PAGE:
For more than a year, Egg Harbor Township teen Emily McGrath attended meetings encouraging her local board of education to pass a policy that would protect transgender students in the district.
Now, she might finally see that happen.
Last month, the Department of Education released guidelines for school districts instructing them to the rights of transgender students including access to bathrooms and locker rooms as well as standards for pronouns and chosen names.
“I am proud to live in a state with such thorough guidelines that, I hope, will inform policy,” said McGrath, 18, now a freshman at Rowan University.
School districts around the state received the guidance from the Department of Education on Sept. 27, about 14 months after a law mandating it was signed by former Gov. Chris Christie.
The guidelines say school districts must allow transgender students to use the facilities and to participate in sports or activities that are gender-segregated consistent with the gender with which the student identifies.
The guidelines do leave open the option to use a unisex bathroom. They also afford students who are not transgender the option to use a unisex facility if they feel uncomfortable.
The guidance includes a requirement to ensure transgender students are addressed by the name and pronoun they choose, regardless of a legal name change. In addition, a student does not need parental consent, and school districts are not obligated to notify parents of the student’s gender expression or identity.
Parent Cryssie Breitbach, whose 12-year-old daughter is transgender, said she was happy to hear about the new guidelines.
“I’m actually really pleased with some of the changes, especially the ones with the parents not having to be notified,” said Breitbach, 39, of Weymouth Township. “This is a big concern for parents and advocates for trans students that some of them come from homes where that is not accepted.”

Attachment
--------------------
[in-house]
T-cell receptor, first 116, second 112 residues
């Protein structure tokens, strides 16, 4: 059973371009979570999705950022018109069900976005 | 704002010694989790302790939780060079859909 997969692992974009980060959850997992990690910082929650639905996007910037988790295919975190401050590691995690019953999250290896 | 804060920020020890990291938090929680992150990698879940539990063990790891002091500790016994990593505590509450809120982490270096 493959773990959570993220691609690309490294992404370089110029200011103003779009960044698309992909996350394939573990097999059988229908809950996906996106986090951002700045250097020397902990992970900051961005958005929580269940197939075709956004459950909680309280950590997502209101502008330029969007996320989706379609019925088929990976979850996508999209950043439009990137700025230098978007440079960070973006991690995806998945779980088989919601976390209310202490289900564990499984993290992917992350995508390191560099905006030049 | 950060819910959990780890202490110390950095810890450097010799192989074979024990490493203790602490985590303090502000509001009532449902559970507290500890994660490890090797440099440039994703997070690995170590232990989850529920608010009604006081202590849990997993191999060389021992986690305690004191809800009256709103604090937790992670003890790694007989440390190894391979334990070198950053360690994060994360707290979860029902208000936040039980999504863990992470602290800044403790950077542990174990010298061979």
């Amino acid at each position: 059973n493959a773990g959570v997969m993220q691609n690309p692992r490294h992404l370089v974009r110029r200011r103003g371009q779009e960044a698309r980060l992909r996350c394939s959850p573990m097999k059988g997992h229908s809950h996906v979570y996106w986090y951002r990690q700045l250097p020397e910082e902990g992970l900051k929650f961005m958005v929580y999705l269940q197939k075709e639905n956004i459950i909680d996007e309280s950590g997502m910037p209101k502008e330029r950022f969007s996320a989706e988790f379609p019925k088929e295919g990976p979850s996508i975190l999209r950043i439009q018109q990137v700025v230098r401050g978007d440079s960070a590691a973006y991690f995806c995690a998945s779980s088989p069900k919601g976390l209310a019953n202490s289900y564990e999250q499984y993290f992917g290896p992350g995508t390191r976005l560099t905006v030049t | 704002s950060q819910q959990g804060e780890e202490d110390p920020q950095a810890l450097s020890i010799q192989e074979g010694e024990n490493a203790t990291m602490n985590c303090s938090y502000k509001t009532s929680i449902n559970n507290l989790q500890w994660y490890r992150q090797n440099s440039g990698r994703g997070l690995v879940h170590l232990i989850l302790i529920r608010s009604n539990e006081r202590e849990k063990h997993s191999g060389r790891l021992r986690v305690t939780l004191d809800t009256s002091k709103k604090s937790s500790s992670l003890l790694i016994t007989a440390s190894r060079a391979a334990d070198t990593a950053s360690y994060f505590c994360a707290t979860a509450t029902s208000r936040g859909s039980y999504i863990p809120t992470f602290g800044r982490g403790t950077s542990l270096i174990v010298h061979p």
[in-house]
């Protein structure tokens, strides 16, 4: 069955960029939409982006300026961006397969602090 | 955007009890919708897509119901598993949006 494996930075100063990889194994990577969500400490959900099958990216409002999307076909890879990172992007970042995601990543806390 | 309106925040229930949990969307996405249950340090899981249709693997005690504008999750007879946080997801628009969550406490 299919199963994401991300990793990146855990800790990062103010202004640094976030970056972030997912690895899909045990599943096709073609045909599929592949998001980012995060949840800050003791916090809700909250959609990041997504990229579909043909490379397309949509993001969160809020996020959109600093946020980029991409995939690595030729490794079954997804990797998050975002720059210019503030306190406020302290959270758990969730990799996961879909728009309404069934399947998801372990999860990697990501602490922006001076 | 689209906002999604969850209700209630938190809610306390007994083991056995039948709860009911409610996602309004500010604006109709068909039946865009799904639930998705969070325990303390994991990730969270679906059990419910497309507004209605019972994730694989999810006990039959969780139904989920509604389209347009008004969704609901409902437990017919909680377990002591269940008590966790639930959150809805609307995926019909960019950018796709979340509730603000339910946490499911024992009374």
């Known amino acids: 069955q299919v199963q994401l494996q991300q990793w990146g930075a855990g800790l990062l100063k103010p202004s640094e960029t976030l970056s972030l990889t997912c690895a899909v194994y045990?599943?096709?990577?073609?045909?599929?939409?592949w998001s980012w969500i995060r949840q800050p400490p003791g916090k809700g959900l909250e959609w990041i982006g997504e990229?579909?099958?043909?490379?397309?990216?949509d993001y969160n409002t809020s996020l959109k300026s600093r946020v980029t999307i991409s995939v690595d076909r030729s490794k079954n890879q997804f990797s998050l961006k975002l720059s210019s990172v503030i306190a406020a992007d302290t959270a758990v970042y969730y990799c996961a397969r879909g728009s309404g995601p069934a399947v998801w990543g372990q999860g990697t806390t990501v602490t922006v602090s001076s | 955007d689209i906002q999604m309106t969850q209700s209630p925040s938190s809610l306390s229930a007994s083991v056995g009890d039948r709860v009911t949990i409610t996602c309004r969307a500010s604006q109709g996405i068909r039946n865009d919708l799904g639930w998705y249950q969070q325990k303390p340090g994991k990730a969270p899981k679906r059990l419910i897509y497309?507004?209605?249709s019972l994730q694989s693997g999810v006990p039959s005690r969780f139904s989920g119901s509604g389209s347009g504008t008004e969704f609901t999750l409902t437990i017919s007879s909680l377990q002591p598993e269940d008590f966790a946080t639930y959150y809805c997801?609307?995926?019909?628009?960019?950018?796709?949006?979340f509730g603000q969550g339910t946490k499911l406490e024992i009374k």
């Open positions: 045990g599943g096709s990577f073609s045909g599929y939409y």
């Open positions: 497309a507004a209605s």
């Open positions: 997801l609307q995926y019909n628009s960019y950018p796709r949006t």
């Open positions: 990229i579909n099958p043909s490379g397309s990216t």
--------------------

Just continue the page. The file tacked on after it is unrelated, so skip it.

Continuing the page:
Breitbach said Weymouth Township schools do not have a policy in place yet, but plan to adopt one soon.
She said the district offered training for staff, parents and students in the past. Although she and her daughter have had a positive experience, Breitbach said the guidelines will help protect transgender students in districts where they may not be so lucky.
“I think that we’re finally moving in the right direction, and I’m hoping that other states follow suit,” she said.
According to Department of Education spokesman Michael Yaple, the guidelines were prepared after a review of policies from other states and organizations and in consultation with stakeholders. He said the 2017 law requires schools to update or adopt policies regarding transgender students.
In a recent blog post, the New Jersey School Boards Association (NJSBA), which participated in developing the guidelines, said the law was designed to replace federal guidance on transgender rights issued by former President Barack Obama and later rescinded under President Donald Trump’s administration.
A recent email survey of school policies regarding transgender students sent to all area school districts by The Press of Atlantic City garnered six responses. In Egg Harbor Township, where the local school board two years ago narrowly voted down a policy that would have added protections for transgender students, the district has received and will review the new guidance, Superintendent Kim Gruccio said.
Lower Cape May Regional Superintendent Chris Kobik said his district has had a policy in place since October 2015.
“Since the guidelines just came out, we have not had the liberty to review them with the Policy Committee of our board. I can see the guidance generally provides more specific definitions and focuses on the interest of the student,” said Kobik.
Vineland Assistant Superintendent John Frangipani said his district adopted a policy regarding transgender students in 2014 and has since updated it.
“We support our transgender students and their families as needed. We have provided accommodations, name and pronoun changes. We treat it as a very personal matter between the student and the family, if the family is aware. The school guidance counselor will work with the students to ensure their comfort level and that all their needs are met,” Frangipani said.
Wildwood Superintendent J. Kenyon Kummings did not indicate if a policy was in place there, but said the school board is reviewing the state guidelines.
“Our experience historically has been that our students embrace their classmates regardless of demographics, socioeconomics, gender identity, religion etc.,” Kummings said.
In a statement released with the guidance, Education Commissioner Lamont O. Repollet said communication between the school and the students will ensure a safe and supportive environment for transgender students.
“School district personnel should have an open, yet confidential, discussion with the student to address matters ranging from privacy concerns to the student’s chosen name,” he said.